If you’ve ever pondered the importance of sex (not including procreation), look no further than your paycheck. Sex not only keeps you physically, mentally, and emotionally healthy, it can also keep you from going broke. According to a forthcoming study in the International Journal of Manpower, healthy employees who have more frequent sex earn higher wages.

Individuals who are happier and more fulfilled in their lives tend to be more productive and successful in their work, leading to a better salary. This delves into the motivational theory known as Maslow’s Hierarchy of Needs, which states every individual is born with a set of needs, including physiological, safety, belongingness, esteem, and self-actualization. Basic needs such as food, water, and sexual activity must be met before any other motivations occur. If these needs aren’t satisfied, then the individual can’t function or attain further achievement.

The theory suggests we all need somebody to love and to be loved, in a sexual and non-sexual way, by others. The absence of this can make people susceptible to loneliness, social anxiety, and depression, which can affect their working life, wrote Nick Drydakis, an economics lecturer at Angila Ruskin University in Cambridge, England, and his colleagues, in the paper.

Drydakis and his colleagues sought to examine the relationship between sexual activity and wages. Data collected on 7,500 people aged 26 to 50 who lived in Greece were analyzed in the study. Both straight and gay couples were included with 5.5 percent identifying as LGBT. Demographic information, health status, and their sexual activity levels were observed. The participants were also asked about their employment status and how much money they made.

The findings revealed employees who had sex two or three times a week earn 4.5 percent more than their less sexually active counterparts, regardless of their physical or mental health. Those who reported not having sex at all made 3.2 percent less than those who were. The researchers also noticed a pattern: Those who had more sex were also more likely to be outgoing, have lower rates of diabetes, heart disease, and arthritis. The positive association between regular sex and salary remained constant and stronger for those between ages 26 and 50, even when factors like higher education, sexual orientation, and job were taken into account.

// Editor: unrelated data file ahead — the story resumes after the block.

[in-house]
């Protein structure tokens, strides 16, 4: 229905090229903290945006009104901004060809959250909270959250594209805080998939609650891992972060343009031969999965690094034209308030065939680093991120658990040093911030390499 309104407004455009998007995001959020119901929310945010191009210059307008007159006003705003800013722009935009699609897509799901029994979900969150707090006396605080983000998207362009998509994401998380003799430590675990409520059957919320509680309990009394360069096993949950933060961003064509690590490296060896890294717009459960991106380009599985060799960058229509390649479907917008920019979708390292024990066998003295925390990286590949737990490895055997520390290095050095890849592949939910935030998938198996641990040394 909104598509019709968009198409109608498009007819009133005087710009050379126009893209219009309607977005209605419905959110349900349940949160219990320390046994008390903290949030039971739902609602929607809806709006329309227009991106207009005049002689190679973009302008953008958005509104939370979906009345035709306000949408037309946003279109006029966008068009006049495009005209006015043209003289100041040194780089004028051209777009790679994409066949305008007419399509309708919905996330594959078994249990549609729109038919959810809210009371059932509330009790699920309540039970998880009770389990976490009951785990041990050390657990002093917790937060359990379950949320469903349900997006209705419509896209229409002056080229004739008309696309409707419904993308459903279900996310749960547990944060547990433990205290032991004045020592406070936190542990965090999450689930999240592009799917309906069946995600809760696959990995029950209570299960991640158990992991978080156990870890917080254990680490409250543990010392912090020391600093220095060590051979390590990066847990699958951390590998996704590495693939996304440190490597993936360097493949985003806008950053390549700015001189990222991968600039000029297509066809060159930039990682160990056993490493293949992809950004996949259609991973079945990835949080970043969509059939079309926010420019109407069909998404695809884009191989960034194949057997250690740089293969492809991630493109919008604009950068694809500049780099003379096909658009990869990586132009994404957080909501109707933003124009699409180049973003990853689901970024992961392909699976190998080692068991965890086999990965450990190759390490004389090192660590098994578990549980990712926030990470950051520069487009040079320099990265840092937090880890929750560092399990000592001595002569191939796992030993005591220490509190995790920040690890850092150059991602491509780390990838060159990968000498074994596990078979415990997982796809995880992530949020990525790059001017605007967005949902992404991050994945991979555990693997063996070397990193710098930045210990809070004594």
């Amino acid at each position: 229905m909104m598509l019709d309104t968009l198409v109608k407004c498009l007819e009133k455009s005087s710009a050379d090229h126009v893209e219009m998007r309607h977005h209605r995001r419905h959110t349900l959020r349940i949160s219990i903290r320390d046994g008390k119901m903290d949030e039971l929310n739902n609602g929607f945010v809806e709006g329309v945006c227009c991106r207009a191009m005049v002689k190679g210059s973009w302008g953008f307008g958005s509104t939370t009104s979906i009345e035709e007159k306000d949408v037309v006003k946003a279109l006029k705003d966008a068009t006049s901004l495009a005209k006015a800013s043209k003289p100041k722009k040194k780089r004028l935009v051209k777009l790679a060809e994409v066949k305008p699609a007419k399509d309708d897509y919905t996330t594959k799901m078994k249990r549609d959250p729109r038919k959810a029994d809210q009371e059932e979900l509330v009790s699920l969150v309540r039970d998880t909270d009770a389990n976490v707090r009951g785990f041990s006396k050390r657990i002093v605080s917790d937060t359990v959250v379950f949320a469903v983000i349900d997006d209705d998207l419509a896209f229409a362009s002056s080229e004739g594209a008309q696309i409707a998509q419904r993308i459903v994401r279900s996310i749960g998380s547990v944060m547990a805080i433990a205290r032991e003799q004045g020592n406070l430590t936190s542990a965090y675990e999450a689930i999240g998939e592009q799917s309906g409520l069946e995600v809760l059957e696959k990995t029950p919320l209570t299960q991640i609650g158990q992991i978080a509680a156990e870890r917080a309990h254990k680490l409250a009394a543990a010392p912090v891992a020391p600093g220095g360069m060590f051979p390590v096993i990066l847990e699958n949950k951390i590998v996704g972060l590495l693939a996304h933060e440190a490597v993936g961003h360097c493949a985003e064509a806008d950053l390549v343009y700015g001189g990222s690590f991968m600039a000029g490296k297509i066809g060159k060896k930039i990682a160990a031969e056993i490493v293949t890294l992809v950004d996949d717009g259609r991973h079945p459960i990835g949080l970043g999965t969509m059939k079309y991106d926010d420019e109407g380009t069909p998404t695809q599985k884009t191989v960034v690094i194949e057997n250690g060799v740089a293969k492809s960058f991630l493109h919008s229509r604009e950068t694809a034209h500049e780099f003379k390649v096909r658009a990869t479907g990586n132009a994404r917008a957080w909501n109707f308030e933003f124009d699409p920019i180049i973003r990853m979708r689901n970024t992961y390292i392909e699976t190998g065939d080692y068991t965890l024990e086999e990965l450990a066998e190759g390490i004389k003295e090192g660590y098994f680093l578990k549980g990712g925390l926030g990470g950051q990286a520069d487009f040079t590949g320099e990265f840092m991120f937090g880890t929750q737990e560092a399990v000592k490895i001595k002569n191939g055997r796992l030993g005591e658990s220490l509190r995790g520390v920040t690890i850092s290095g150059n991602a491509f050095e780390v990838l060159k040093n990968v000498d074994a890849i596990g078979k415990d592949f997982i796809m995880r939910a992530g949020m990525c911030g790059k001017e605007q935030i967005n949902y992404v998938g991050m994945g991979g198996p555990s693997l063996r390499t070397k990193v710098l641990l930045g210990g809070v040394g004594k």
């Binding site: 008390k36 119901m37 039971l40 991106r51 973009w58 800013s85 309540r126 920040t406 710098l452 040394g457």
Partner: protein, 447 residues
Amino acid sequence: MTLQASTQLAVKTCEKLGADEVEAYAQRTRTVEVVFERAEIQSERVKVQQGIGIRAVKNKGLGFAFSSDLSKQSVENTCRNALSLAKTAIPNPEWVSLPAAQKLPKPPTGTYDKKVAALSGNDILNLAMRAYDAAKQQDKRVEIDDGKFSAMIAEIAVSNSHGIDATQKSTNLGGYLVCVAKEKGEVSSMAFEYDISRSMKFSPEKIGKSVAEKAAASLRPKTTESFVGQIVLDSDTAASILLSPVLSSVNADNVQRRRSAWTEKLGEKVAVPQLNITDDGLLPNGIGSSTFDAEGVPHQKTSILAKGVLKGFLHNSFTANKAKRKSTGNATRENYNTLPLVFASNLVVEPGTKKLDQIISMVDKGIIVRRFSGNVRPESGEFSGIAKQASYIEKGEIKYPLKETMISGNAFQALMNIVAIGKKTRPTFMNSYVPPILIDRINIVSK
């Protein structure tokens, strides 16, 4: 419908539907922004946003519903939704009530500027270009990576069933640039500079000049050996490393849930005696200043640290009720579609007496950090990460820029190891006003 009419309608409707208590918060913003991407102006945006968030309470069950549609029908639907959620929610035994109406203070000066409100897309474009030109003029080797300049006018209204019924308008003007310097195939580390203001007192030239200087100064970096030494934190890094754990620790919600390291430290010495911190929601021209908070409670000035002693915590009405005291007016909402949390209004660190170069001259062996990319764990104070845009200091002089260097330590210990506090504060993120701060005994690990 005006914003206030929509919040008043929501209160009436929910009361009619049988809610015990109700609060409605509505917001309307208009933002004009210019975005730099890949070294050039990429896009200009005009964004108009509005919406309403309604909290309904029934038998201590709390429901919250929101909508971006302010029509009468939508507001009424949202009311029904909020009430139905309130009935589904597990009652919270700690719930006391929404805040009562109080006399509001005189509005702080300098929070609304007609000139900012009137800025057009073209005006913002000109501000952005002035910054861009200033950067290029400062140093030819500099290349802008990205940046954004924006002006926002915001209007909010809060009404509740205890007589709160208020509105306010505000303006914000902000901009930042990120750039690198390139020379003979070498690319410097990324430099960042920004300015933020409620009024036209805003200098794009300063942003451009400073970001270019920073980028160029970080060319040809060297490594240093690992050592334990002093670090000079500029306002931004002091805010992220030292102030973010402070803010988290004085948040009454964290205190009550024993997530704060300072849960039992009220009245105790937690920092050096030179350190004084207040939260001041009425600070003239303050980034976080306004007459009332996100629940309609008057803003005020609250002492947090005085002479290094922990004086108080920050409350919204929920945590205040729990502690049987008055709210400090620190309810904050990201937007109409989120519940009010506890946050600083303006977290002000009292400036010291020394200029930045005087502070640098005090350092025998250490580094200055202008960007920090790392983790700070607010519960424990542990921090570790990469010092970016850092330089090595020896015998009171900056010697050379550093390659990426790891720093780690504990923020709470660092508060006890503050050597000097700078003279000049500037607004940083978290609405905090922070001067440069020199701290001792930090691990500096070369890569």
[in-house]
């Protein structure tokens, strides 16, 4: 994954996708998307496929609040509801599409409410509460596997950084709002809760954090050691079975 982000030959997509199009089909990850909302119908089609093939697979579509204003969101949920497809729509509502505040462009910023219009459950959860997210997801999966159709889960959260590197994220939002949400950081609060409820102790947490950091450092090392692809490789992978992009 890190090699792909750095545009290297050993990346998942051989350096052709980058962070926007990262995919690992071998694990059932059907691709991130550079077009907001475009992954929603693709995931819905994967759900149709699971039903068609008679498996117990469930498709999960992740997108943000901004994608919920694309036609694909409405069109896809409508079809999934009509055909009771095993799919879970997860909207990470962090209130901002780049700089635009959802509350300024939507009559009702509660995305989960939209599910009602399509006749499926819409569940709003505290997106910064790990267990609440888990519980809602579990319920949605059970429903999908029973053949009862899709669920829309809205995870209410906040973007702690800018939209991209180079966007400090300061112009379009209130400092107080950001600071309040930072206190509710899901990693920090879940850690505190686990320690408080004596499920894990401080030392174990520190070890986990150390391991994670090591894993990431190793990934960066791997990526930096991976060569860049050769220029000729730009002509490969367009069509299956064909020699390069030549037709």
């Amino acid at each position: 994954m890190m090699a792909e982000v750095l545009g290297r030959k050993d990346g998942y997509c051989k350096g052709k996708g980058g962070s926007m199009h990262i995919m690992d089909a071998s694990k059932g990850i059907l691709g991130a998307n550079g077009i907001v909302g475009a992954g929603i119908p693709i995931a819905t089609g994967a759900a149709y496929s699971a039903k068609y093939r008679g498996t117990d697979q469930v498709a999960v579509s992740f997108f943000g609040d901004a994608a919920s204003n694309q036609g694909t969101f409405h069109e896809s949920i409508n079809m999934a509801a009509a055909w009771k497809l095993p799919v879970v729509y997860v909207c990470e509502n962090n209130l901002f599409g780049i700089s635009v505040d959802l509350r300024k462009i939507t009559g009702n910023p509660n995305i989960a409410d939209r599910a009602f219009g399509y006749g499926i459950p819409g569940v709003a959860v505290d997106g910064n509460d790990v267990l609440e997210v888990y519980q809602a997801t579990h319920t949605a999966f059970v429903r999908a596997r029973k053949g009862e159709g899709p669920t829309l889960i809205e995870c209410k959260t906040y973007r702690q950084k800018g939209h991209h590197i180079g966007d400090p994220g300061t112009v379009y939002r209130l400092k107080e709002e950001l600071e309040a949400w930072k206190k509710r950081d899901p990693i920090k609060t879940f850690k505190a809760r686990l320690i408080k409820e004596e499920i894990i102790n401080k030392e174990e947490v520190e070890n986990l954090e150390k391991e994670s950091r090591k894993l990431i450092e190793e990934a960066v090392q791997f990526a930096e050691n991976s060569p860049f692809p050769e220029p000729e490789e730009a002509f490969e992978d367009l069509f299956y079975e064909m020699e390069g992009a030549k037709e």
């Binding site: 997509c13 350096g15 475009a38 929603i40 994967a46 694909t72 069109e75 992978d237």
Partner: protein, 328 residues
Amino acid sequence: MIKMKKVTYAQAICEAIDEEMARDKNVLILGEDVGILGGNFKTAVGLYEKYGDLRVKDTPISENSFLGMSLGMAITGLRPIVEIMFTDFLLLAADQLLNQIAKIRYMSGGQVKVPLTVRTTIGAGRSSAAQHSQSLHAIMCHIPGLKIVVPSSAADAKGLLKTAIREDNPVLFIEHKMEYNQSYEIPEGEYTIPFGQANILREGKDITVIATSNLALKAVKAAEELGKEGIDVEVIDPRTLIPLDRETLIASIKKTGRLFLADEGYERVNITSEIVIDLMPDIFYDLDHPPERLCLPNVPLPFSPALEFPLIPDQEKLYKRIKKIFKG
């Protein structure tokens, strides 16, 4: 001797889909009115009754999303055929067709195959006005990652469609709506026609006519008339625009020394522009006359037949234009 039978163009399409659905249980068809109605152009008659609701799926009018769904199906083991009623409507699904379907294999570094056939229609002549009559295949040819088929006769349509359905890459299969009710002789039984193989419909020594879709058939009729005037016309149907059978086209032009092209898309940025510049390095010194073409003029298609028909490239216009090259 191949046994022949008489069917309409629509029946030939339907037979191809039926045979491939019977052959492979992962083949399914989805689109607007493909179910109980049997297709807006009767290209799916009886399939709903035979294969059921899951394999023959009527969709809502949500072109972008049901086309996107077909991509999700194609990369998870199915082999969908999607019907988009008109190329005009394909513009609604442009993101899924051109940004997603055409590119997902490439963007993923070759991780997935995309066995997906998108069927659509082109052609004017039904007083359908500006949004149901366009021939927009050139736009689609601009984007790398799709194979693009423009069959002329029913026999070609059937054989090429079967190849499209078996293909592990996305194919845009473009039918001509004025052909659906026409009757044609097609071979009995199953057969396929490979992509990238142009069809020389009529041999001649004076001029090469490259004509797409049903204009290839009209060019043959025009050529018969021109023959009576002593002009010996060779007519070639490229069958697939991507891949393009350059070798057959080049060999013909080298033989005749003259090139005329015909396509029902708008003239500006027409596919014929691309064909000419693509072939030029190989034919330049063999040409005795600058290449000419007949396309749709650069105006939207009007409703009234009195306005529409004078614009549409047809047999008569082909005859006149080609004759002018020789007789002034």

Meanwhile, health-impaired employees who are sexually active earn 1.5 percent more money than those with similar symptoms who are not. Employees taking medication had 5.4 percent less sex, while those with diabetes had 2.4 percent less, and those with arthritis and rheumatism are 3.9 percent less, according to the press release. Those with cancer are 5.4 percent less sexually active compared to those with psychiatric/psychological symptoms who are 3.7 percent less.

Drydakis and his colleagues did find an association between sex and wages, but they stress that having more sex does not necessarily cause people to make more money. Rather, sexual activity is seen as an indicator of good health, which has been associated with higher earnings. The study also picked up on the fact that disabled employees were 13 percent less likely to be sexually active and seemed to routinely suffer almost a 10 percent drop in work productivity.

A similar 2003 study by the Planned Parenthood Federation of America found a positive correlation between being sexually active and exercise. Mental health, personal happiness, satisfaction, self-esteem, among many others is related to frequency of sexual activity. People with active sex lives also exercise more frequently, have more strength and endurance, and have better eating habits than their less sexually active counterparts.

All in all, more sex is not necessarily the cause of more money, but the benefits sex provides, such as good health, leads to career success.

Regardless of the outcome, most individuals can easily rally behind the idea sex sells — or in this case buys.

Sources: Drydakis N. The effect of sexual activity on wages. International Journal of Manpower. 2015. Planned Parenthood Federation of America. The Health Benefits of Sexual Expression. 2003.